Thusly began Bowyer's slow, painful slide into irrelevancy. Even after Tony Stewart hired Bowyer as his post-retirement heir, he was forced to spend one season driving for low-budget HScott Motorsports. In 2016, he scored three top-10s in 36 races and finished 27th in the championship standings. Even after moving into Stewart's No. 14 ride, the results didn't come rushing back, with 13 top-10s and an 18th-place finish in the Cup standings.
The most notoriously jovial guy in the garage was anything but. Conversations that used to be instant fun were now surefire downers. When the first year at Stewart-Haas didn't come together quick enough, he and crew chief Mike Bugarewicz fought openly, even publicly. Last fall when asked if he needed a new crew chief going forward, Bowyer didn't exactly jump to the mechanic's defense.
"You start to question whether you can do it or not," Bowyer admitted Monday evening, choking back tears. "To fix that, to do it here at this place, it means a lot."
Few had their eyes on Bowyer when Monday's race began. He qualified ninth and didn't take the lead until lap 285 of the 500-lap event. He only relinquished that lead when he nearly ran himself out of fuel prior to a visit on pit road. He surrendered that lead to eventual runner-up Kyle Busch. It lasted only one lap. "There are certain guys you have your eye on when a race starts, the guys that you expect to be up front all day. [Bowyer] was not one of those guys," Busch confessed. "But give them credit. Once they got there, they stayed there."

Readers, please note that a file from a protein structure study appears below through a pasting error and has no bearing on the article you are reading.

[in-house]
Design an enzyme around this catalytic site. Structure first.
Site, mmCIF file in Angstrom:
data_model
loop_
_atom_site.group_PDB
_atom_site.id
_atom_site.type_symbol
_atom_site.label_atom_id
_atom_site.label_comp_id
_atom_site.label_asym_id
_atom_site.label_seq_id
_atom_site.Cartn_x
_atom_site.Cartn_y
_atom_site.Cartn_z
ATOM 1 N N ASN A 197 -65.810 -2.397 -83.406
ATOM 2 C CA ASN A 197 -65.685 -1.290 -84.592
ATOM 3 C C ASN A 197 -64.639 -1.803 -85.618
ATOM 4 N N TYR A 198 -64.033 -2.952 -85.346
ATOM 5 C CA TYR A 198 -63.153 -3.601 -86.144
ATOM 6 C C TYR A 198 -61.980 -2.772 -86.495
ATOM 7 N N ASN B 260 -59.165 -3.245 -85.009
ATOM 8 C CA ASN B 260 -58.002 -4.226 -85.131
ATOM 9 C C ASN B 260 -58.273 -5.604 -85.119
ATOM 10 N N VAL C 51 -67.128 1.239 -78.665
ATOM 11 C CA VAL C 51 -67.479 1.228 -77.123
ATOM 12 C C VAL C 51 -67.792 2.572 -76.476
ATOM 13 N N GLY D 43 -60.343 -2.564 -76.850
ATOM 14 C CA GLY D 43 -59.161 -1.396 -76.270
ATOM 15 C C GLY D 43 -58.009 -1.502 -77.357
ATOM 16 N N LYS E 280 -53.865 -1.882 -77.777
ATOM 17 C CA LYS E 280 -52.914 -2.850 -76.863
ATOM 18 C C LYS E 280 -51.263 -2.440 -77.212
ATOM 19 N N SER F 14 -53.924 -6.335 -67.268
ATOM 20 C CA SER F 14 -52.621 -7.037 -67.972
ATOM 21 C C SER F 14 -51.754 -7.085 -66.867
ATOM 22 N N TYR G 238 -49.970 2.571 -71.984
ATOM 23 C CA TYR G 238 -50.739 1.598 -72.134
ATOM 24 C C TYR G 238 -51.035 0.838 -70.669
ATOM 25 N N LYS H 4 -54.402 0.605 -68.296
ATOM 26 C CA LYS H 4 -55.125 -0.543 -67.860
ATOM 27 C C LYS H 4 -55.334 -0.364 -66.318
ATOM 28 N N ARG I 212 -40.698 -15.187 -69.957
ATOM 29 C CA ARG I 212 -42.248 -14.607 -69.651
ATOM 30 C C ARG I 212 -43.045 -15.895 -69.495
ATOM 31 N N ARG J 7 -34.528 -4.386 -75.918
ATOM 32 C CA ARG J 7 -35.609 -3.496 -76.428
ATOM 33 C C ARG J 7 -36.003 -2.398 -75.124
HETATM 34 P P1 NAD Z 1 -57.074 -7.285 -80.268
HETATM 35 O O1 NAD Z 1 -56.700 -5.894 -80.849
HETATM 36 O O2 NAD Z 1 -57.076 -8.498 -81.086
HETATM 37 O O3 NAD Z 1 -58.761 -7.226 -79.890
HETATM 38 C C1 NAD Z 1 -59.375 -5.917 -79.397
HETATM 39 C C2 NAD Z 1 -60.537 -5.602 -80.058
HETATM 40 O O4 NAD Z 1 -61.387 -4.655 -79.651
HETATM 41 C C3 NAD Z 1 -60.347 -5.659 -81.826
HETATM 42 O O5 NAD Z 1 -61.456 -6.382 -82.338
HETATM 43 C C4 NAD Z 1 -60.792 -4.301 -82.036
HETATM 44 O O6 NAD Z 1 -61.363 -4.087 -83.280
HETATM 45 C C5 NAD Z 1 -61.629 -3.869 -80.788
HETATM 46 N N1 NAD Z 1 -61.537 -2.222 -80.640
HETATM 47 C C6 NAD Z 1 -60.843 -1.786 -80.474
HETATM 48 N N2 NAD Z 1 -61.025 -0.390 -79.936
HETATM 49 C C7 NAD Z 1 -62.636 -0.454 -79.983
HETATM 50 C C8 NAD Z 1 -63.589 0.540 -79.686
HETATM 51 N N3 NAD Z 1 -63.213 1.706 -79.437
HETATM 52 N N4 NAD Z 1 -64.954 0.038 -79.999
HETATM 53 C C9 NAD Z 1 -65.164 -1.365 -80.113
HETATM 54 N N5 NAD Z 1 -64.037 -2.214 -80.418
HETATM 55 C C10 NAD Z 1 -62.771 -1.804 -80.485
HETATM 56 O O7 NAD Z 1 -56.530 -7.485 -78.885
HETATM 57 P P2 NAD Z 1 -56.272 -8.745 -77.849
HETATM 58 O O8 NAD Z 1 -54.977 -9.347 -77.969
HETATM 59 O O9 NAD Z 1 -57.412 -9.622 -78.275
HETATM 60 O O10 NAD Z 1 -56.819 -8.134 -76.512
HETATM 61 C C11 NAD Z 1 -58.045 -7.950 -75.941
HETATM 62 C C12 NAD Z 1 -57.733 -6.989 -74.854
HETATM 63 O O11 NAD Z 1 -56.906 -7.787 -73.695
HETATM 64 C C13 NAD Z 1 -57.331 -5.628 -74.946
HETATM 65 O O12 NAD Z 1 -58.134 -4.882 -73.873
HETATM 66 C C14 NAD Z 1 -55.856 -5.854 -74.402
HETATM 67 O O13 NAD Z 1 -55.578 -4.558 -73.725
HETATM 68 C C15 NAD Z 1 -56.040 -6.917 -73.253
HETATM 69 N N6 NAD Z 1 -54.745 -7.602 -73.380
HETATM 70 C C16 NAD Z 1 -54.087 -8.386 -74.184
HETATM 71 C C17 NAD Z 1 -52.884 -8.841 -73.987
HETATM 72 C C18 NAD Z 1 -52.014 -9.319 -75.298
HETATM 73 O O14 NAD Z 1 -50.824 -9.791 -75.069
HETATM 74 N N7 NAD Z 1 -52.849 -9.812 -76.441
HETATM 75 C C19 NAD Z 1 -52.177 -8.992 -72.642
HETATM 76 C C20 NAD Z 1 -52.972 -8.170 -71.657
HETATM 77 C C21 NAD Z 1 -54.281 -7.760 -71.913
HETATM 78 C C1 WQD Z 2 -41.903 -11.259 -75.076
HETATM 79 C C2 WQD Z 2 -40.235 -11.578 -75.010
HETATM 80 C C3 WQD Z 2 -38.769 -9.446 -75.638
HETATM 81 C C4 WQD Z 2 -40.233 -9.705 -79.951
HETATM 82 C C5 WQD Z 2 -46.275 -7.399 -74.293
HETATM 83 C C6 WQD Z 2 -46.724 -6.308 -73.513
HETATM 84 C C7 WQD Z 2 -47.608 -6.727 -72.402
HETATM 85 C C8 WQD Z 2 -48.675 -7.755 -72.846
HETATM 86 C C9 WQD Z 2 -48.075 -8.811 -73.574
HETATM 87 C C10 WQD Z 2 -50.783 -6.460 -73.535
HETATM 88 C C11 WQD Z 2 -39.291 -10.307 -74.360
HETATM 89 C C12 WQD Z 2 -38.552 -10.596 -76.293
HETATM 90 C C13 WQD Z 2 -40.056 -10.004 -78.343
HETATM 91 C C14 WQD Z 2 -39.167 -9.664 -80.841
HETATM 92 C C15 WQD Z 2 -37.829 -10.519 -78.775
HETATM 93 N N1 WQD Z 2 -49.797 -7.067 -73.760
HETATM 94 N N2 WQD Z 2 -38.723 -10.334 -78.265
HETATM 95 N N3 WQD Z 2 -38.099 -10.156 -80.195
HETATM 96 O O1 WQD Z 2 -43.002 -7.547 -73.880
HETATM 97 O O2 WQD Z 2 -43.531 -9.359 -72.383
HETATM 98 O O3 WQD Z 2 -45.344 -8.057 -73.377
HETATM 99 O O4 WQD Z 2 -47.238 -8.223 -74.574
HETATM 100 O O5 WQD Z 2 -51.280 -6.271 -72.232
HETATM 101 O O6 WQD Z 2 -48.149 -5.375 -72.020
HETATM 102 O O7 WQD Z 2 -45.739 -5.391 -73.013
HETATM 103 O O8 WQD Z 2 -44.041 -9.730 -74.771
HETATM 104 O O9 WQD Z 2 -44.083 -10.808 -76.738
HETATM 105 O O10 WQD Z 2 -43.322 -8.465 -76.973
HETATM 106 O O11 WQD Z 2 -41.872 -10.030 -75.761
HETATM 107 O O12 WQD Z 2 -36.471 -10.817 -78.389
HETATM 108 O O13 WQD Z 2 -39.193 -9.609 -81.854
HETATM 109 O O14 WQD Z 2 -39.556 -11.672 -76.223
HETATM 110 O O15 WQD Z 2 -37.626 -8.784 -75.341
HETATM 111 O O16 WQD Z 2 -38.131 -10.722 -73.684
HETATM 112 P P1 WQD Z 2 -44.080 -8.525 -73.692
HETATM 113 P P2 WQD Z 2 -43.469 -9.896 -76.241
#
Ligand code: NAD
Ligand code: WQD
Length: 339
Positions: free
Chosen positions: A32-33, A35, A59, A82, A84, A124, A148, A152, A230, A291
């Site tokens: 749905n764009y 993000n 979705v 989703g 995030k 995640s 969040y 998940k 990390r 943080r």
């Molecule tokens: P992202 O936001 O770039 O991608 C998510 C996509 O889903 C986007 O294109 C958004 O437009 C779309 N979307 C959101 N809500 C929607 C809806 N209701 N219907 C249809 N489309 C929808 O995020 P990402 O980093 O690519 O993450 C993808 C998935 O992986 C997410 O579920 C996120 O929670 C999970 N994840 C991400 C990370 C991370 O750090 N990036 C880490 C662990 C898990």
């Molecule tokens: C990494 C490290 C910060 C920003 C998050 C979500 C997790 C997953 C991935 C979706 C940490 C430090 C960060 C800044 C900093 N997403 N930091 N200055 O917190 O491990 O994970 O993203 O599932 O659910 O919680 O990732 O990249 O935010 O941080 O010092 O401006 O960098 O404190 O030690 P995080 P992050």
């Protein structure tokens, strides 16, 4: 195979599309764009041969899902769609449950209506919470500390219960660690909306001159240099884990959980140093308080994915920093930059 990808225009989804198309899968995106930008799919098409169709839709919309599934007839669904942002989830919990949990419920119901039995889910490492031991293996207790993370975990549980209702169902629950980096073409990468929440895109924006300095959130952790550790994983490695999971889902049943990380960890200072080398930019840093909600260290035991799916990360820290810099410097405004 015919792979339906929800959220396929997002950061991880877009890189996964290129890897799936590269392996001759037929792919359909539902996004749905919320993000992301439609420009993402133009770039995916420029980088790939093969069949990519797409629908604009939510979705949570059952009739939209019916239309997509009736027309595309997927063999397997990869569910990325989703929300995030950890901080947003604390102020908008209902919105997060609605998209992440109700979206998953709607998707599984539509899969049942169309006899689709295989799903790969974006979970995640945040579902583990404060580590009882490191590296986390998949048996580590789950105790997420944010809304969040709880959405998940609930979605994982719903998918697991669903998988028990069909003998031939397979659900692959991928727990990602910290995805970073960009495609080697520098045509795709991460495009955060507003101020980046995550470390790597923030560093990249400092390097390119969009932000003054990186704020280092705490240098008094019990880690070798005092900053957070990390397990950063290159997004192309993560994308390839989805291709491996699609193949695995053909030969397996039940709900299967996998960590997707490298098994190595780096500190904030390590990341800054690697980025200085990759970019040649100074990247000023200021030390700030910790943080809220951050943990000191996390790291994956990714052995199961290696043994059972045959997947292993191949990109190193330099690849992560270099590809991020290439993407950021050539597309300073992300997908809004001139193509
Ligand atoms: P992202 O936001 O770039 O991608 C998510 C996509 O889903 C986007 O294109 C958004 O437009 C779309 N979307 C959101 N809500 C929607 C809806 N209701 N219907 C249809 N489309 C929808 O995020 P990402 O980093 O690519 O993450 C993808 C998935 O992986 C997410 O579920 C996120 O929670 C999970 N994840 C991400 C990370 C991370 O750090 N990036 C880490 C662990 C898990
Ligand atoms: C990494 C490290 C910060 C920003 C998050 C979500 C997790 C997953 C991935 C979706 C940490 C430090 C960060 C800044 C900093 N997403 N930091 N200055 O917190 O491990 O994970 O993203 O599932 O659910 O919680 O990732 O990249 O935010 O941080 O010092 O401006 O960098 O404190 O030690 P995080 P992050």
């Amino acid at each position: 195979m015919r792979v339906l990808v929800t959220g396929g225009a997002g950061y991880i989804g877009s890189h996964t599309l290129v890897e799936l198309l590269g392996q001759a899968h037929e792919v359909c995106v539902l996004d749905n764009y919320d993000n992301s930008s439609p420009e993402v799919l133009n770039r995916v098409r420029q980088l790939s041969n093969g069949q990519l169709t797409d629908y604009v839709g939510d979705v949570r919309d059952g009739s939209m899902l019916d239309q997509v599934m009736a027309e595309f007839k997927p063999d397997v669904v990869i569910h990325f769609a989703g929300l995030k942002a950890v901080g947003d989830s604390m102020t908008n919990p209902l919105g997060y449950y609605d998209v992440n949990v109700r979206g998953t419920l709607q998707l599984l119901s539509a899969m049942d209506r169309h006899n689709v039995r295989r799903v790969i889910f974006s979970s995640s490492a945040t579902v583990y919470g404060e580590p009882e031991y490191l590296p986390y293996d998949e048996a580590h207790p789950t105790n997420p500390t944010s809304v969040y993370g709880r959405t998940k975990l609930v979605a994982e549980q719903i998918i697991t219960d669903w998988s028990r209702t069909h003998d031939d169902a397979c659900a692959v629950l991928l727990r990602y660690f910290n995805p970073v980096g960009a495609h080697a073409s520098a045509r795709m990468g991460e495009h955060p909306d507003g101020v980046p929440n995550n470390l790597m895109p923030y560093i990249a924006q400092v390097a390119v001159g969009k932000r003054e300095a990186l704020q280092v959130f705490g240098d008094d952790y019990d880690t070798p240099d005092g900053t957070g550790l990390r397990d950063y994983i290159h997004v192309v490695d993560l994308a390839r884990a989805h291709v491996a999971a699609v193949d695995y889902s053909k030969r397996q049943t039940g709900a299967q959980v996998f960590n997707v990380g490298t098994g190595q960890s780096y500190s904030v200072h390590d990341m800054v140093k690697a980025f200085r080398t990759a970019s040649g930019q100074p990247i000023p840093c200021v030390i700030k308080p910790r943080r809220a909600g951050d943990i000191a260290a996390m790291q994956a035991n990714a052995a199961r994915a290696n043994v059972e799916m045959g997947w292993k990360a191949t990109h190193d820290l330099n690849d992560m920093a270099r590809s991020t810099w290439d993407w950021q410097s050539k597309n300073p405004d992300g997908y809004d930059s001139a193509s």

Now the question for Bowyer will be if he can stay here, continue looking like the title contender he once was, so many years ago. Monday's win practically ensures a spot in this fall's playoff field. A place he hasn't been since 2015.
The only drivers who suffered longer between-win droughts were Bill Elliott (226) and Truex (218). They both experienced career revivals after their famine-ending wins. Truex has weathered lengthy slumps twice. Ending the latest one, the one forced upon him after the 2013 Richmond debacle, eventually led to his current status as the defending Cup Series champion.
"You won't find anyone in this garage who isn't happy for Clint Bowyer," Truex said of his former teammate, before jogging over to the victory celebration to congratulate him in person. "Any race car driver, no matter how great their career might've been, we've all been there, thinking, 'Man, am I ever going to win again?' So, when someone does what Clint just did, we all feel that."
"It just felt right, that today was going to be our day," Bowyer said to the assembled media one hour after the win, Cash sitting on his lap for a moment, then bolting. The father talked, for the first time in a half decade, of feeling like a man who believes he can once again be a yearlong Cup contender. "This is a year that's starting to shape up to what I'm accustomed to."
He said he'd already texted Tony Stewart, his boss, friend, and the driver he replaced, to thank him for this career second wind ... and win.
"I told him, racing's fun again. This s--- is fun again."